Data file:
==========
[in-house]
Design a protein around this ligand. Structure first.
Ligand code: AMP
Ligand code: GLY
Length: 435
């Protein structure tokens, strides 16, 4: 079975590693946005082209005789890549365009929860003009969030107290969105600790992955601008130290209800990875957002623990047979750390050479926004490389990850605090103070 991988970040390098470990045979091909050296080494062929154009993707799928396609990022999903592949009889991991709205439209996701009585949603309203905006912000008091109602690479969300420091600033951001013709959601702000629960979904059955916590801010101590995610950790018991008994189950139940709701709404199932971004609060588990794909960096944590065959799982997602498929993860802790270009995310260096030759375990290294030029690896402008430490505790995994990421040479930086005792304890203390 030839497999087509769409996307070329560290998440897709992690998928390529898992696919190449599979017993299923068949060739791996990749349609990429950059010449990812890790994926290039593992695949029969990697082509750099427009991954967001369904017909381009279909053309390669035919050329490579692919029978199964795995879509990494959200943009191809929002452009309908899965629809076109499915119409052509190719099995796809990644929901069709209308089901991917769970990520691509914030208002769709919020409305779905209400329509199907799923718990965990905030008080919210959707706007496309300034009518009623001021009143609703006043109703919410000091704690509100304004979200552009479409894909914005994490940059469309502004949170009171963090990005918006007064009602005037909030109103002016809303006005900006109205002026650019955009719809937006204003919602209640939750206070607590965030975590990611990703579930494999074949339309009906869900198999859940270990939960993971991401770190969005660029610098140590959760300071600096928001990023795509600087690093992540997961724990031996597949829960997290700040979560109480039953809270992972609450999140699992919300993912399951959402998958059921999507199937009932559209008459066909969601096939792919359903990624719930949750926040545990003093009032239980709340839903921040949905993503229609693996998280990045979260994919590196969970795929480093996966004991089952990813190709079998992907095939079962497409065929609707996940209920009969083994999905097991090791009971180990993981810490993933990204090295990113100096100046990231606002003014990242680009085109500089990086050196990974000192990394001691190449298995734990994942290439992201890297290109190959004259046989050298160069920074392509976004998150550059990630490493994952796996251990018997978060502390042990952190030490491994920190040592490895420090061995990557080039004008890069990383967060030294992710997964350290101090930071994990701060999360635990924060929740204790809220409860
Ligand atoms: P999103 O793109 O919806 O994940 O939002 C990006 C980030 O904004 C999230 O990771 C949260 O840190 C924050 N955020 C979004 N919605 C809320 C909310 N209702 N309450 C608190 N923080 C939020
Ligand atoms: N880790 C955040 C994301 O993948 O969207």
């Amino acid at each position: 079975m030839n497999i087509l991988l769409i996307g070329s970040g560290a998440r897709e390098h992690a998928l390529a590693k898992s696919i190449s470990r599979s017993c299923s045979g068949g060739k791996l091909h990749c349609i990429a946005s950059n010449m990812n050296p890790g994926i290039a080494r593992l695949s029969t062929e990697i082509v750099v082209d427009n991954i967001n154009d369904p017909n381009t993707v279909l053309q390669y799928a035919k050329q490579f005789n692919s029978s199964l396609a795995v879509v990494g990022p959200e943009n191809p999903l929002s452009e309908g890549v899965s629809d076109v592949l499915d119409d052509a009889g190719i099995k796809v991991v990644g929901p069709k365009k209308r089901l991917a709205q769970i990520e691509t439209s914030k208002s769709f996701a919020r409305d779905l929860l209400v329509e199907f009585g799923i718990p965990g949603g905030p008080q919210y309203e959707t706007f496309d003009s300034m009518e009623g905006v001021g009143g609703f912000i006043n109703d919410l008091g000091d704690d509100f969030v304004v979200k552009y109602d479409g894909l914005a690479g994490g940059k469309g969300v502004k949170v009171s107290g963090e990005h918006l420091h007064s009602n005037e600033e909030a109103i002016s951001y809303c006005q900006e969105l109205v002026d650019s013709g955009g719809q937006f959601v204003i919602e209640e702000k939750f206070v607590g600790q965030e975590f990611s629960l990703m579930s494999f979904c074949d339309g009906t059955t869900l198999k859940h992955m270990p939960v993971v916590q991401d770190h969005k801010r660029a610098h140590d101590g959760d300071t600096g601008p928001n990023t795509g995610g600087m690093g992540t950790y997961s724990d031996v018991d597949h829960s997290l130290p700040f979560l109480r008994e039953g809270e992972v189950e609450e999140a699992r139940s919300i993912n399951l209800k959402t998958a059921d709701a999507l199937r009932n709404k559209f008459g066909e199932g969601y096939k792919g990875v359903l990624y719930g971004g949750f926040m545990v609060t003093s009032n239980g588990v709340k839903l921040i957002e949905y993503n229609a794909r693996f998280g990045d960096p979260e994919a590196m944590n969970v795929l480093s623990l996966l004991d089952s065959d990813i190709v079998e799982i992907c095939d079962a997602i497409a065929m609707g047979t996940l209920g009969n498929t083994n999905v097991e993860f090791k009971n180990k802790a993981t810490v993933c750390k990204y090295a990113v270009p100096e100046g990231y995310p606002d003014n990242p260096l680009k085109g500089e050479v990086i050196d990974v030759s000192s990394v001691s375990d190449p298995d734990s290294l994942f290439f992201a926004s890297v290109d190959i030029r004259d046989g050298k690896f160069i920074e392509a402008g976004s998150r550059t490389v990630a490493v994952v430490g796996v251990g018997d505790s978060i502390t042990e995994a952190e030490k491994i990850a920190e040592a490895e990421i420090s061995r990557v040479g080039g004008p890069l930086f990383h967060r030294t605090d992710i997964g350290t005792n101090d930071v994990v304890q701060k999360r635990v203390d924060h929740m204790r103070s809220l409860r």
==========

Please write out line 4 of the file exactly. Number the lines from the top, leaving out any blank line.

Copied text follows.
Ligand code: GLY